A “Gender Revolution” at Harlem United
As a trans woman, I face a variety of issues daily. The most common is getting people to recognize that I am a lady and not a man. Some people feel that because I was born a man, I am a man. In fact, they will argue with me to the point that I feel nothing I say will change their mind. This is a dangerous way of thinking because it often leads to disrespect and discrimination, like being told what bathroom I am allowed to use.
When I was asked to facilitate a group of clients in Harlem United’s advocacy program to watch the documentary, Gender Revolution: A Journey with Katie Couric, immediately I felt the pressure. Not to be a good facilitator—I feel comfortable with that—but to change someone’s mind, to change their way of thinking, whether about trans rights as a whole or just helping them understand the importance of using correct pronouns and language for me: “she,” “her,” or “Ms.” instead of “he,” “him,” or “sir.”
My motto is to leave no one behind. Educate a mind to change a heart.
When I walked into the room where Gender Revolution was being screened, I saw some familiar faces and many I didn’t know. One client, a man I recognized and who caught my focus, is a Muslim who is very strict in his beliefs and religious views. However, when I arrived we greeted each other at the door, which he held open for me. Whether he knew it or not, I felt this was a sign of his acceptance of my gender. It’s the little things that matter, like holding a door open for a woman as she passes, that specifically makes a trans woman’s experience less fearful. It also communicated to me that he accepted my life decisions.
I introduced myself to the group and before starting the documentary I asked a few questions, a pre-test to see what these fellow clients understood, didn’t know, or questioned. I even asked them a question about when they were first being formed in the womb. I asked, “Did you know that all fetuses, even those who are male, have female characteristics until testosterone makes them develop male characteristics?” A look of disgust filled the men’s faces across the room. The strength and insistence of their beliefs was strong: there is just “man” or “woman” and nothing in between. Then we started the documentary.
The room was silent as everyone watched. I heard many grunts and moans, but not the good kind. I heard people sucking air through their teeth. Some even left the room. One woman had an innocent look of confusion on her face, as she said during the documentary, “I just don’t understand this!”
Even just the terms used by people of various genders and gender expressions featured in Gender Revolution were a bit much for people to bite off and chew. It was amazing for me to see the comfort zone of people’s minds not allowing them to understand the fact that there are individuals who live differently than they do.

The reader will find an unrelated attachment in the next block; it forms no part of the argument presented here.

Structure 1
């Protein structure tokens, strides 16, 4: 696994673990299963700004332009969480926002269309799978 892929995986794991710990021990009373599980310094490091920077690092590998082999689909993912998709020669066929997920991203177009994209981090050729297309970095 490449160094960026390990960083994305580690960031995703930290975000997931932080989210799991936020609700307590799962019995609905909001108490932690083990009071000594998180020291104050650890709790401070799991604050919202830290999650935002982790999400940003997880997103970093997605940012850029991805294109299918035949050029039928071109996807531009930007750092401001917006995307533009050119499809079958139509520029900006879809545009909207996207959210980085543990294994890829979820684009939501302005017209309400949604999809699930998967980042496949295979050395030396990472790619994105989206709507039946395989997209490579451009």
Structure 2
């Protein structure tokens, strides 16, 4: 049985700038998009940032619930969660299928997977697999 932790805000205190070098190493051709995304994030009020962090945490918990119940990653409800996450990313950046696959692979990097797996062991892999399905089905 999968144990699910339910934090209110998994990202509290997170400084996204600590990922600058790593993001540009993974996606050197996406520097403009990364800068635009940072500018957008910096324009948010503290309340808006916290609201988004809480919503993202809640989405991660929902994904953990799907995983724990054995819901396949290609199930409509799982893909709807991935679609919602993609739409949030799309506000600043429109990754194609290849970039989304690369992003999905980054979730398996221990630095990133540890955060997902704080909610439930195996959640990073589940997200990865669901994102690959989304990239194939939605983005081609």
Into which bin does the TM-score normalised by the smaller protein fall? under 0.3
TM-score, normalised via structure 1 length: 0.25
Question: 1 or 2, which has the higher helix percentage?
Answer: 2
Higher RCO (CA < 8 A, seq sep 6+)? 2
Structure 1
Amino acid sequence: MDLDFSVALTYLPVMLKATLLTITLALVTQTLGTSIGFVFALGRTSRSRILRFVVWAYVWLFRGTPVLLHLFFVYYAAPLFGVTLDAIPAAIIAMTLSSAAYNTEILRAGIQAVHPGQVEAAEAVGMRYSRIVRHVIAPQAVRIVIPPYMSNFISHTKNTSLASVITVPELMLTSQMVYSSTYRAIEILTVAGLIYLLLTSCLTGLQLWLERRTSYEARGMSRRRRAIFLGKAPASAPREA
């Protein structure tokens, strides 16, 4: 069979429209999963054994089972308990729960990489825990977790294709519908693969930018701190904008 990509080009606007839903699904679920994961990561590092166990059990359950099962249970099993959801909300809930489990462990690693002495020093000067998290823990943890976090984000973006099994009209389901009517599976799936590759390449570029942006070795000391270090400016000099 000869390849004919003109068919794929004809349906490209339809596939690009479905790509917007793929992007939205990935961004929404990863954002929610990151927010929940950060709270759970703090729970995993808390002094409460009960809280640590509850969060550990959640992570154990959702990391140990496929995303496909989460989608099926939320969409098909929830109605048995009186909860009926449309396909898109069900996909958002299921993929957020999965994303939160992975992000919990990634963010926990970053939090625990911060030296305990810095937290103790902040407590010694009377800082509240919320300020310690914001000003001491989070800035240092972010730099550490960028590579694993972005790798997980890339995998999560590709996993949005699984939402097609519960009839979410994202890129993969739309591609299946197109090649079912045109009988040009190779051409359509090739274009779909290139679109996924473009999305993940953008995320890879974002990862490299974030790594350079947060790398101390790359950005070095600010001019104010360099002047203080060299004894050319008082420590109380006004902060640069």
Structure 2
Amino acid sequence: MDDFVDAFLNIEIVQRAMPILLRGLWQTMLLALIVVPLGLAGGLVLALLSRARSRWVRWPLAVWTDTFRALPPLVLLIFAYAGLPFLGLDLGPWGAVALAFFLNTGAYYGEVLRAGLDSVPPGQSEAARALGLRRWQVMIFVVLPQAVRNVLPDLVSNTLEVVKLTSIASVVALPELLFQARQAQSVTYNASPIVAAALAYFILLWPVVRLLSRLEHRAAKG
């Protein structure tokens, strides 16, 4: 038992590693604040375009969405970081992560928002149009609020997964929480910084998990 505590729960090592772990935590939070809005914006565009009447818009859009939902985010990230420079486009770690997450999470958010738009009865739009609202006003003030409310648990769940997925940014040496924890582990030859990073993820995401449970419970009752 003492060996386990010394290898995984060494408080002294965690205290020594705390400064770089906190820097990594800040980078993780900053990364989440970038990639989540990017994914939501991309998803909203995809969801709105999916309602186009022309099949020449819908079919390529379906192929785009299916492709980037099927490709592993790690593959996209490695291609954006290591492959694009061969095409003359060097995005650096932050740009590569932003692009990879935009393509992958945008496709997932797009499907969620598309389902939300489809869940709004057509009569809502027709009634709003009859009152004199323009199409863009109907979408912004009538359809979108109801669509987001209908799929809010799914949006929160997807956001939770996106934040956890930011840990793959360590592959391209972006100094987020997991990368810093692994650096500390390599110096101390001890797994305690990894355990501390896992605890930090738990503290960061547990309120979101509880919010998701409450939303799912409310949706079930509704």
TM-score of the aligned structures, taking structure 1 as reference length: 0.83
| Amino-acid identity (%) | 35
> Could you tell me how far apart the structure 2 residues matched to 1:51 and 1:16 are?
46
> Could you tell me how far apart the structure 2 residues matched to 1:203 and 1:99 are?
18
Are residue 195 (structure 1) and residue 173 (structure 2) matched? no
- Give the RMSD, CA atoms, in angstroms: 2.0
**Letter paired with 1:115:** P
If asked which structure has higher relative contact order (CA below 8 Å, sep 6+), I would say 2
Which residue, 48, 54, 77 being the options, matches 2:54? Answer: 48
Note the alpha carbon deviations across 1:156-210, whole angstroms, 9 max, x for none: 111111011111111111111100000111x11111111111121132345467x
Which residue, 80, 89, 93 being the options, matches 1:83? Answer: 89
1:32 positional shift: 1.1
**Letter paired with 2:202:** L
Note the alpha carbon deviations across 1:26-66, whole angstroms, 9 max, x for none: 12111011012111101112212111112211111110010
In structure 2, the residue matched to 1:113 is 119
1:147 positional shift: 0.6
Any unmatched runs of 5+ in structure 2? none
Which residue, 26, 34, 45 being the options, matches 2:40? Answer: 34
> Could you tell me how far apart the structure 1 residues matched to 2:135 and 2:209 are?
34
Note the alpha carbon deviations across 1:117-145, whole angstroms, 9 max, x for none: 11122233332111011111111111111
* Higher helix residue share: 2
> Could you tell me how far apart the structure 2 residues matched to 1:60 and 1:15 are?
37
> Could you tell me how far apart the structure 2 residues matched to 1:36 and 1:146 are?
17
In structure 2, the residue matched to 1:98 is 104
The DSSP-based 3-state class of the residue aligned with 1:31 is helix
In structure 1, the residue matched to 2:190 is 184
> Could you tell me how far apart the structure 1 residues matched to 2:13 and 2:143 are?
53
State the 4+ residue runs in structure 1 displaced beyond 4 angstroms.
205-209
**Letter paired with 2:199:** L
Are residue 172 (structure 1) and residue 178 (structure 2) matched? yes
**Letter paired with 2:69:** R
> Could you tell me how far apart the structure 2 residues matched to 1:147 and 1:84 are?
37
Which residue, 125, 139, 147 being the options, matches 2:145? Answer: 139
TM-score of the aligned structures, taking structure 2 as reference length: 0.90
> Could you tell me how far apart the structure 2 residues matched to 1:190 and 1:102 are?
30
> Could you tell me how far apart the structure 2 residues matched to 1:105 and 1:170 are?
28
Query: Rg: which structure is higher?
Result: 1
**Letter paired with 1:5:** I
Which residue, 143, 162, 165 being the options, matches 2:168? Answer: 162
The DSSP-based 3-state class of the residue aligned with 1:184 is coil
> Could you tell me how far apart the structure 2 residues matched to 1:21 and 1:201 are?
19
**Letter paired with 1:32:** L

That confusion led to anger for some, soon followed by dismissive remarks of, “whatever!” At one point, when we took a break from the screening due to a technical issue, I got flustered after I asked the question, “How can we make transgender people feel safe?” One man refused to answer the question. He said, “I would rather not answer, than answer and be ignorant.”
I was not angry. I was just confused. I do not understand a society of non-acceptance, yet I have lived in this society my whole life.
We ended the screening mid-way through the documentary and agreed to return the same time the following week to finish it. I felt drained. I felt empty. Hopeless, I felt that my femininity was challenged every time I faced society.
The following week, before we watched the remainder of Gender Revolution, I said to myself, “Oh boy. Here we go again!”
As I entered the room, I saw lots of familiar faces, even allies, perhaps. This time, when I facilitated discussion before starting the documentary, some clients even wanted to know how they could do their part to create a safer atmosphere for the trans community.
We started the documentary, and the confused woman was back. She still didn’t understand completely what she was seeing. But, this time she seemed eager to learn. There was also an African American, urban, young man watching, who also started to understand more what it means to be trans.
The language used and explained in Gender Revolution helps people understand the differences in and variations of the trans experience. For example, during a scene where a little boy tells his parents that he is a girl. The room began to mutter, calling her “he.” Then, a spontaneous debate broke out. “No, that is a she,” one lady said, “and her story so touches me!”
Compared to the previous week, during the screening of the second half of Gender Revolution our clients were very pleasant, fun, outgoing, and courageous. I look forward to there being a permanent “gender issues” curriculum in Harlem United’s client advocacy program, because it is very much needed.
Yonce Jones is a Peer Empowerment Leader in Harlem United’s client advocacy program. You can learn more about Yonce and her fellow Peer Empowerment Leaders here.